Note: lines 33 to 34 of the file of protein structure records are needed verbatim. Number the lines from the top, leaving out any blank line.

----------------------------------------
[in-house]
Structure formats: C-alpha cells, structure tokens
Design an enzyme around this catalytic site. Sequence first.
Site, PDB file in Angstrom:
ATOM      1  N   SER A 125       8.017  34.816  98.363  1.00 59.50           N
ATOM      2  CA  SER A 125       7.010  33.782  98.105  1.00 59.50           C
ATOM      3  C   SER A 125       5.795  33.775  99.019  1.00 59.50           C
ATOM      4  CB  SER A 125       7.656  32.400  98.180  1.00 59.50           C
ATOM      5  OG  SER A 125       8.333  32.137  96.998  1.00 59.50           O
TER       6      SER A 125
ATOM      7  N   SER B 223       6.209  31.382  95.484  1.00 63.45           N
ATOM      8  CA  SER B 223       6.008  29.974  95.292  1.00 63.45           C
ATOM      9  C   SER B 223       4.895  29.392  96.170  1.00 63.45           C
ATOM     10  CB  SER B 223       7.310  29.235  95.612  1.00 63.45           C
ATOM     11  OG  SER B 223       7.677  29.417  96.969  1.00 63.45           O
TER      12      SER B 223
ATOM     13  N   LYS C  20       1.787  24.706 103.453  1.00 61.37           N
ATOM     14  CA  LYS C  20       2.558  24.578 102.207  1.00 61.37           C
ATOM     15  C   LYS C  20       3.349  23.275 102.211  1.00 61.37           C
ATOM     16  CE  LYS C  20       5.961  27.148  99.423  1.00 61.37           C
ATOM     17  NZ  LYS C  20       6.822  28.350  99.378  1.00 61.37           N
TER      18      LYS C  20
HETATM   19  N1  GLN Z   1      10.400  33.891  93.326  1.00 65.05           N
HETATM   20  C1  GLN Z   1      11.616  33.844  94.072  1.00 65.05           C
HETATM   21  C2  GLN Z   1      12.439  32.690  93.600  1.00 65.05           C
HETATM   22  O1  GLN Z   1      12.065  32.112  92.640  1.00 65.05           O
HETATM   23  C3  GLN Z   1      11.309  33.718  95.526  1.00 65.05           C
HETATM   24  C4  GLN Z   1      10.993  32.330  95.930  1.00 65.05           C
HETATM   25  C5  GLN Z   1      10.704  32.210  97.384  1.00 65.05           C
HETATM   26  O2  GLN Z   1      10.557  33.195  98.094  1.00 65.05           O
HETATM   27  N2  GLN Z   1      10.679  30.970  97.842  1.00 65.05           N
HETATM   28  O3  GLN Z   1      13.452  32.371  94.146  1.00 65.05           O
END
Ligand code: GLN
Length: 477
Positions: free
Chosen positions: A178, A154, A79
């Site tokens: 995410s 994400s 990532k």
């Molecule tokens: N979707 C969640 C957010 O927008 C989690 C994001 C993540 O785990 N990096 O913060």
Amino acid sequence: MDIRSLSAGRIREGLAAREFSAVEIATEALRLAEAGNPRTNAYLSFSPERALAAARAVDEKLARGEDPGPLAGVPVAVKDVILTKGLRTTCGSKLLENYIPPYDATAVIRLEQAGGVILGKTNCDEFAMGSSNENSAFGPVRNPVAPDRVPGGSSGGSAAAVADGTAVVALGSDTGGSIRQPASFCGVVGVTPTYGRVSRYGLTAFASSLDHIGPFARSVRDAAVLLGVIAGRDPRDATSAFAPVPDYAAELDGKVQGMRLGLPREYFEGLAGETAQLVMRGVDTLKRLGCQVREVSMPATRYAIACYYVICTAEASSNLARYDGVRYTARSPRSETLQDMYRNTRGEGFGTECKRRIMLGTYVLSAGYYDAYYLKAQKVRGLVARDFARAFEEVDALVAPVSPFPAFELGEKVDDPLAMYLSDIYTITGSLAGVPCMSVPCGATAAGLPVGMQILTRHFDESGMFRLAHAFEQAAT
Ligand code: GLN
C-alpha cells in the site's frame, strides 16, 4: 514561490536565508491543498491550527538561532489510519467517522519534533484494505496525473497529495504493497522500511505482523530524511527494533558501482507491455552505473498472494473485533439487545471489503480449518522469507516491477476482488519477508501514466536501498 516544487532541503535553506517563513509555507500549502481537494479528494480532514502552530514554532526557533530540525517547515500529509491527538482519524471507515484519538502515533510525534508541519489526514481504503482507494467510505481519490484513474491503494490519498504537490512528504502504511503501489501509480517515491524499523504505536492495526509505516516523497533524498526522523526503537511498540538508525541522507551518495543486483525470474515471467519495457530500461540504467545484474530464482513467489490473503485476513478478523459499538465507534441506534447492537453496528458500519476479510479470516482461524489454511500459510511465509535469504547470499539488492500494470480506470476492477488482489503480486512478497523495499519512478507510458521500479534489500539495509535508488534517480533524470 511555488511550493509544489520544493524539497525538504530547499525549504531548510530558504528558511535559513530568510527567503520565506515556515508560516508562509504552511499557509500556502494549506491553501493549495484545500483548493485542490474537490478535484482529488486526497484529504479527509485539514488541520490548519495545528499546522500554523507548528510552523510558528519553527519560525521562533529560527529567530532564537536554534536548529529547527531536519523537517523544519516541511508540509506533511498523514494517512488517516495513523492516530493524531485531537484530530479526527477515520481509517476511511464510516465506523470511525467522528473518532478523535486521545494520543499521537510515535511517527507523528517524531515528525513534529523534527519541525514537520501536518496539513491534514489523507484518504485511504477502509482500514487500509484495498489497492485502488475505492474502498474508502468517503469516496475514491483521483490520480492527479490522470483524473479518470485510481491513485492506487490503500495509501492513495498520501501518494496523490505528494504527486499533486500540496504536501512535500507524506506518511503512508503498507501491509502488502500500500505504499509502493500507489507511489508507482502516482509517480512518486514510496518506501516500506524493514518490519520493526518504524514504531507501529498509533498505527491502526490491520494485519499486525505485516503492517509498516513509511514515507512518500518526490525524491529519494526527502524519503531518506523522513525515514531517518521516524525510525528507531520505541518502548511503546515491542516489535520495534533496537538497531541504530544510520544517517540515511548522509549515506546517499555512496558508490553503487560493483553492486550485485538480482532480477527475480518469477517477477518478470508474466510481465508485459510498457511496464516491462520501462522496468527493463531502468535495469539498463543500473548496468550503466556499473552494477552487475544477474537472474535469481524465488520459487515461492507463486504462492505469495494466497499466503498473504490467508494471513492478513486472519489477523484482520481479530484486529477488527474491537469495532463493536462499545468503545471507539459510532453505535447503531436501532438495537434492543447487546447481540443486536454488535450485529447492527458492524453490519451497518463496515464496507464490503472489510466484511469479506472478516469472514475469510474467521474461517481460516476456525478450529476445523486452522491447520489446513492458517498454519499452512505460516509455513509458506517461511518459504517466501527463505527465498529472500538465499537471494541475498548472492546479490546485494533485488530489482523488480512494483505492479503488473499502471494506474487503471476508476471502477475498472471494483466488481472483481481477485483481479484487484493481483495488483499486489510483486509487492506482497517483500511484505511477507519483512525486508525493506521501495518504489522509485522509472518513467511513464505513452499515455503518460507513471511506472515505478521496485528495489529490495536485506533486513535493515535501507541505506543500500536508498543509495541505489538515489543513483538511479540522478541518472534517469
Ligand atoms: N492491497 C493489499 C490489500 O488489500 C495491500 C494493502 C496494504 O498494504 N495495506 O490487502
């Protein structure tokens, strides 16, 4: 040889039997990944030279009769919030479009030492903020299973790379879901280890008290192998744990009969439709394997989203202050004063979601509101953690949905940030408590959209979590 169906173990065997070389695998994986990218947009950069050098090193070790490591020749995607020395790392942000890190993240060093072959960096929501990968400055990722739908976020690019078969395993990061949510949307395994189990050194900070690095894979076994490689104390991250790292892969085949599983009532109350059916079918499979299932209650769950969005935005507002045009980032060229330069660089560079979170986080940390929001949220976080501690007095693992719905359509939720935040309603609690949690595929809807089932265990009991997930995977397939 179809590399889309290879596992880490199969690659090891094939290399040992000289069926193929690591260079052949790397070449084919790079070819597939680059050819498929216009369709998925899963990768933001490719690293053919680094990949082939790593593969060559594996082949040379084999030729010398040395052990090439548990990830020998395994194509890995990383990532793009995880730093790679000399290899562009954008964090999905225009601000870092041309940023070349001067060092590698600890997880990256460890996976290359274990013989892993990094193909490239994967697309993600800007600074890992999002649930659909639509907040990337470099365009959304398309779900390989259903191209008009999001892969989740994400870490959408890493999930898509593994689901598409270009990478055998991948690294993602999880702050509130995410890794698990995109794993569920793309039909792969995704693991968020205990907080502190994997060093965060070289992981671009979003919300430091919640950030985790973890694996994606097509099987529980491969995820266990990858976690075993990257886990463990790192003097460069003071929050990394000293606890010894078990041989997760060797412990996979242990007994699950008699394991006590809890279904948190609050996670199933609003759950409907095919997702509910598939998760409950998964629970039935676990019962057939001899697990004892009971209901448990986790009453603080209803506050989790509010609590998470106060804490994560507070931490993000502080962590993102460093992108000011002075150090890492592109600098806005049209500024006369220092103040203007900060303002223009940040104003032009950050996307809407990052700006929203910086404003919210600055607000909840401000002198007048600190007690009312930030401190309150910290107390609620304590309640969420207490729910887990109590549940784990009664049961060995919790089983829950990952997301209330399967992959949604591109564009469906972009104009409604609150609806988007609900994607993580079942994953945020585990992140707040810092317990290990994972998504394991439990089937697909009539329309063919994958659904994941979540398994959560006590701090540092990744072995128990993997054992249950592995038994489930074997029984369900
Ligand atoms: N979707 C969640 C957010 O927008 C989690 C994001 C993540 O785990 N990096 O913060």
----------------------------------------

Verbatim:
END
Ligand code: GLN